The BikingWomen of Corsica: Clémence Raffi
The last edition of BikingMan Corsica, a 700km/13,000m self-supported ultra-cycling race took place in April 2019, starting a year ago today. Due to the current global pandemic, the 2020 edition, which was supposed to be underway at the time of publishing has been postponed. To relive the magic of the 2019 edition, we’re taking a look back at the 8 women who competed in, and successfully completed, this painfully beautiful race.
This is Clémence's story:
Name: Clémence Raffi
Age at race time: 30
Nationality: French residing in Porto-Vecchio, Corsica
Profession: Krono Corsica
BikingMan Corsica as a pair with her father
Found on IG as @aio_bike_clem
Clémence's race was also documented through her instagram stories
Of the 8 women riding in the 2019 edition of BikingMan Corisca, Clémence was the only Corsican resident. A cyclist for 5 years and having competing athletics, trail running, triathlon and cyclocross races up to 120km, this was her first ultra-cycling race. Riding BikingMan Corsica as a pair with her father to celebrate their respective 30th and 60th birthdays, and finishing in 83 hours this is Clemence’s story, in her own words.
Why BikingMan Corsica?
In 2018, my father and I talked about finding a challenge to do in 2019 for our 30th and 60th birthdays to mark both occasions. We thought that a cycling challenge would be fitting as he had passed on his passion for cycling to me since he started riding 6 or 7 years ago. So, we found BikingMan Corsica which was perfect, and we signed up in December with 5 months to go!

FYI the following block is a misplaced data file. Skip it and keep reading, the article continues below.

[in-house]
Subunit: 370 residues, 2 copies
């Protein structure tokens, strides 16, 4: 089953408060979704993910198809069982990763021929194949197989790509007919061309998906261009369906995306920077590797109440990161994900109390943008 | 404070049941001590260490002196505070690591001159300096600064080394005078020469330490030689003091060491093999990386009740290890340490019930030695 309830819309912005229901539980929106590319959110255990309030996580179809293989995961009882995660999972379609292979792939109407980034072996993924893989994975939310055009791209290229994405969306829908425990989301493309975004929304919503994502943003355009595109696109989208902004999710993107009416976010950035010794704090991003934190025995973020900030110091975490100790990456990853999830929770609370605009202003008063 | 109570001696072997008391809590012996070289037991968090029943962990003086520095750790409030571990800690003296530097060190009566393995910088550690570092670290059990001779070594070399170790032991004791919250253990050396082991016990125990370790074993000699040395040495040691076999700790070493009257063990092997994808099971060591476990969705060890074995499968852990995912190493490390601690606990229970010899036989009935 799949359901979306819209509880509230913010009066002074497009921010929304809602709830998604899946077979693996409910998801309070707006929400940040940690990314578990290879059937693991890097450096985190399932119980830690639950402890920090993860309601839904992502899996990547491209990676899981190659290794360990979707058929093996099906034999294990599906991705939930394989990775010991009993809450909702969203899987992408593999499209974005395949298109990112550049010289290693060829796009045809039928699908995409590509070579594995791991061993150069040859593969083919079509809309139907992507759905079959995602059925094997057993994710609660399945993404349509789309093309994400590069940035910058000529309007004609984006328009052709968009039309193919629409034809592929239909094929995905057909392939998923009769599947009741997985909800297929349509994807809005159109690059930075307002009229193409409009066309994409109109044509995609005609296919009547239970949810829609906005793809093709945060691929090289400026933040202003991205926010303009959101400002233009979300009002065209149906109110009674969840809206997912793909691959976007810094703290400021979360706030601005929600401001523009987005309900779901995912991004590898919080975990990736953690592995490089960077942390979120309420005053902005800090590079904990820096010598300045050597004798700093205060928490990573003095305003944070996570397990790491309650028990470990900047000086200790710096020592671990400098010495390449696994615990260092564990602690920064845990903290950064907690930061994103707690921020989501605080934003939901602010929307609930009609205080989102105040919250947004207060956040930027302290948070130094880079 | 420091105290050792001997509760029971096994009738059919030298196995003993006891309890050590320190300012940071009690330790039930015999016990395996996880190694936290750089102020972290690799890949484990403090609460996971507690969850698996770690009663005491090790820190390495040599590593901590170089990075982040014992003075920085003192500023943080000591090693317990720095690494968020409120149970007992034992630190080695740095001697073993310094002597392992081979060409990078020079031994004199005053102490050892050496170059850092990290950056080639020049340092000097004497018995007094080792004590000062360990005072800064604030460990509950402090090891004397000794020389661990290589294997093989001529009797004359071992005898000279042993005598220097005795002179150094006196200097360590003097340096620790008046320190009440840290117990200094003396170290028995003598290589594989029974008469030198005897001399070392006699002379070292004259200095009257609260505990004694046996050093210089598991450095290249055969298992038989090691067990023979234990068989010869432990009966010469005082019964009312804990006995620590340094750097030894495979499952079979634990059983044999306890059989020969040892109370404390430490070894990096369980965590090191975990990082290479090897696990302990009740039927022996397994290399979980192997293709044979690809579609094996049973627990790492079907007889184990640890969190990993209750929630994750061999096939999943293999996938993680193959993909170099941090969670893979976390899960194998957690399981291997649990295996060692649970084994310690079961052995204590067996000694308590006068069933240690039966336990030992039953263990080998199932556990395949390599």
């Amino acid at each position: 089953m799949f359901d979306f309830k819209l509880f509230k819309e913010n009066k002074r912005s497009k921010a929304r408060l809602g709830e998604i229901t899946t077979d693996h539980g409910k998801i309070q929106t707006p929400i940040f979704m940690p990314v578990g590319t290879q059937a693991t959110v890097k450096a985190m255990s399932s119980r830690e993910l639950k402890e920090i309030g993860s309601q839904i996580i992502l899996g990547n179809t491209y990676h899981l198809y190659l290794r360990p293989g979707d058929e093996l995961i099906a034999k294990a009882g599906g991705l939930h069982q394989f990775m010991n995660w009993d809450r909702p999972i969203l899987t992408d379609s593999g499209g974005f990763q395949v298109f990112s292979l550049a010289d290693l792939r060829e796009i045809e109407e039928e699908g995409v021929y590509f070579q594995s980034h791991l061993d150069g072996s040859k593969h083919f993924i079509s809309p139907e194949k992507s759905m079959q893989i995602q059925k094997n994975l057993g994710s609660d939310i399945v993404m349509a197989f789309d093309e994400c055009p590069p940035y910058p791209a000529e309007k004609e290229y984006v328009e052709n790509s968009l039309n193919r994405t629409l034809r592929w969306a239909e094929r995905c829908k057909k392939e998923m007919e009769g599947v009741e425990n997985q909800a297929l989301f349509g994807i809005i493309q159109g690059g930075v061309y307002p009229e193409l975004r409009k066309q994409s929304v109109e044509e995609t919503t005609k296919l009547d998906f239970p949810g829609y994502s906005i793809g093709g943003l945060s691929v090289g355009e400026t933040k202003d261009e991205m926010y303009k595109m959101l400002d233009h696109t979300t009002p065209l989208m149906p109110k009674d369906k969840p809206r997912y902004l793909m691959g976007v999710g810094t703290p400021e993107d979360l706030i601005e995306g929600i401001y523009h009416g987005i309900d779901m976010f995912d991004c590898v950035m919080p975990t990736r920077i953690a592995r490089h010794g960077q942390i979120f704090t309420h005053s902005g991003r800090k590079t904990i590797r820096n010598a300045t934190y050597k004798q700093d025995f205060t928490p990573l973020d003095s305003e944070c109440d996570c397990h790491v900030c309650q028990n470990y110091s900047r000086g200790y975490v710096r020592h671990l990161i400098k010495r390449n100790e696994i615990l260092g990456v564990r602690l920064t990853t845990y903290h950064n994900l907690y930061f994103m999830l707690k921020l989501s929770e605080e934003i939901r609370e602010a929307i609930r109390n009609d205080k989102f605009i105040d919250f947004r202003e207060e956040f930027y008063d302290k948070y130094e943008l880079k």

Tell us about your training for the race.
When we signed up, it had been a while since I had been riding. With my work in a hotel, I didn’t have much time. I told myself I was going to start over, slowly by doing small rides regularly, then lengthen the distance. But Christmas holidays and then a trip planned for a long time in January postponed the real start of my training. I was advised to make small outings but to plan them for example morning and afternoon or evening and next early morning, and once a week a big ride. But it was hard for me to do that. I’m not very disciplined and if I don’t have someone telling me what to do and when exactly - like a coach - I do a little what I want, when I want. In the end my biggest training rides were 186 km and 85km the next day. I’ve done a lot of rides in the 70-80 km and some 100-140 but only few. Looking back, I think I should have done 1 or 2 rides of 200 km before the race. In December, I did 540 km total, 331 km in January, 694 km in February , 1040 km in March and in April before Biking Man, I did 530 km.
As my father lives in Paris it was hard for him to do elevation training… but he did some weekends in the mountains, and some long distance rides.
Thoughts on the start line?
I knew we were going to have a crazy experience… that we were going to see beautiful things and amazing landscapes. Even though it was going to be hard from the start, I knew we were going to get there because we both have the mental strength, but I was afraid of a big irreparable mechanical problem or a fall or sickness that would take us out of the race. I knew the two of us would support each other in difficult times - in fact, he supported me only and didn’t need my help as I was so sick!
What was your race strategy, and did you follow it?
We had planned to stop at CP1 in Ghisoni because 180 km and over 4000 meters of elevation would be enough for the first day since I never cycled that much in my life. And we needed to save ourselves for the remaining 520 km. Then we thought that depending on how we felt, we could stop at Porto on Day 2, then at St Florent on Day 3 and then finish. We planned to finish in 80-85 hours, but we didn’t really know, there are so many uncontrollable and uncertain elements. It gave us a day to beat if we had a big problem. And actually, we just wanted to finish it, not too fast because we wanted to enjoy, not riding at night to avoid missing landscapes. And in fact, once we were cycling, we could not ride more every day as I was too tired (and sick) and it was too cold. We weren’t prepared enough for the cold temperatures, and the added tiredness.